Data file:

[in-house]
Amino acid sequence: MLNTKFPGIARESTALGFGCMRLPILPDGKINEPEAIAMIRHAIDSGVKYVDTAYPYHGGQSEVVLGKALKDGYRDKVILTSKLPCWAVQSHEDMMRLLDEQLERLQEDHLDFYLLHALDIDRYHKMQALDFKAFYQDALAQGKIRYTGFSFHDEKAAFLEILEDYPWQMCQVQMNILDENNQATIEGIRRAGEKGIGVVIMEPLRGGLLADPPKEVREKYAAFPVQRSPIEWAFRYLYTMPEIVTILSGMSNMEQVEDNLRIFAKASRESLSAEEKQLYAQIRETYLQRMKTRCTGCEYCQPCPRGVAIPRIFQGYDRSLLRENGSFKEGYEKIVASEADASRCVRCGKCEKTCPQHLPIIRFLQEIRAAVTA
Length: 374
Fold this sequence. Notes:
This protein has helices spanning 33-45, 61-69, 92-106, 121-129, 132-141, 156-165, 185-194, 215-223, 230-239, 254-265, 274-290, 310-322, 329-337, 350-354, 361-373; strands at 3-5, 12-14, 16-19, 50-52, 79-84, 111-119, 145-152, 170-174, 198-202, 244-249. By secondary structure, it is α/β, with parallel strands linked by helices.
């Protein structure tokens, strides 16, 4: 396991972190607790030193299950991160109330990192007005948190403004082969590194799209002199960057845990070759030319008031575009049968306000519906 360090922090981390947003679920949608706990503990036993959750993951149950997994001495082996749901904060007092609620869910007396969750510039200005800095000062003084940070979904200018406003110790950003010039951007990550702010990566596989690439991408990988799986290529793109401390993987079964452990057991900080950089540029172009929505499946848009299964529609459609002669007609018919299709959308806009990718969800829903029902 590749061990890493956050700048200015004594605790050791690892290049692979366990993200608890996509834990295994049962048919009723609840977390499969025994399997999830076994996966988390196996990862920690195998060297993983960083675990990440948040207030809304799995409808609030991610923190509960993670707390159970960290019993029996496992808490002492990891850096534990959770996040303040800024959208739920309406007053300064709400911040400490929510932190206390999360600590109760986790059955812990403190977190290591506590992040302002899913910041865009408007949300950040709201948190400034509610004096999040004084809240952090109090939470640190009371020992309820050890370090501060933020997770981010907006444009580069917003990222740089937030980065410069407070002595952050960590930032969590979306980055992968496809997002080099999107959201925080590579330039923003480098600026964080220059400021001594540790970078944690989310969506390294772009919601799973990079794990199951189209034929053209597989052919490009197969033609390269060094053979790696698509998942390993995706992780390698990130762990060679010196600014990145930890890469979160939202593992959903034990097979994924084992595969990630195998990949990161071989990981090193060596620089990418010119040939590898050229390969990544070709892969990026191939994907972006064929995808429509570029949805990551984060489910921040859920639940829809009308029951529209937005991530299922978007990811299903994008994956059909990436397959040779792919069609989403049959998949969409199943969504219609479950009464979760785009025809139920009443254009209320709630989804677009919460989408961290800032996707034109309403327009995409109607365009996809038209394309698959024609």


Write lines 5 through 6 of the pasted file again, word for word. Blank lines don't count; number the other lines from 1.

This protein has helices spanning 33-45, 61-69, 92-106, 121-129, 132-141, 156-165, 185-194, 215-223, 230-239, 254-265, 274-290, 310-322, 329-337, 350-354, 361-373; strands at 3-5, 12-14, 16-19, 50-52, 79-84, 111-119, 145-152, 170-174, 198-202, 244-249. By secondary structure, it is α/β, with parallel strands linked by helices.
């Protein structure tokens, strides 16, 4: 396991972190607790030193299950991160109330990192007005948190403004082969590194799209002199960057845990070759030319008031575009049968306000519906 360090922090981390947003679920949608706990503990036993959750993951149950997994001495082996749901904060007092609620869910007396969750510039200005800095000062003084940070979904200018406003110790950003010039951007990550702010990566596989690439991408990988799986290529793109401390993987079964452990057991900080950089540029172009929505499946848009299964529609459609002669007609018919299709959308806009990718969800829903029902 590749061990890493956050700048200015004594605790050791690892290049692979366990993200608890996509834990295994049962048919009723609840977390499969025994399997999830076994996966988390196996990862920690195998060297993983960083675990990440948040207030809304799995409808609030991610923190509960993670707390159970960290019993029996496992808490002492990891850096534990959770996040303040800024959208739920309406007053300064709400911040400490929510932190206390999360600590109760986790059955812990403190977190290591506590992040302002899913910041865009408007949300950040709201948190400034509610004096999040004084809240952090109090939470640190009371020992309820050890370090501060933020997770981010907006444009580069917003990222740089937030980065410069407070002595952050960590930032969590979306980055992968496809997002080099999107959201925080590579330039923003480098600026964080220059400021001594540790970078944690989310969506390294772009919601799973990079794990199951189209034929053209597989052919490009197969033609390269060094053979790696698509998942390993995706992780390698990130762990060679010196600014990145930890890469979160939202593992959903034990097979994924084992595969990630195998990949990161071989990981090193060596620089990418010119040939590898050229390969990544070709892969990026191939994907972006064929995808429509570029949805990551984060489910921040859920639940829809009308029951529209937005991530299922978007990811299903994008994956059909990436397959040779792919069609989403049959998949969409199943969504219609479950009464979760785009025809139920009443254009209320709630989804677009919460989408961290800032996707034109309403327009995409109607365009996809038209394309698959024609």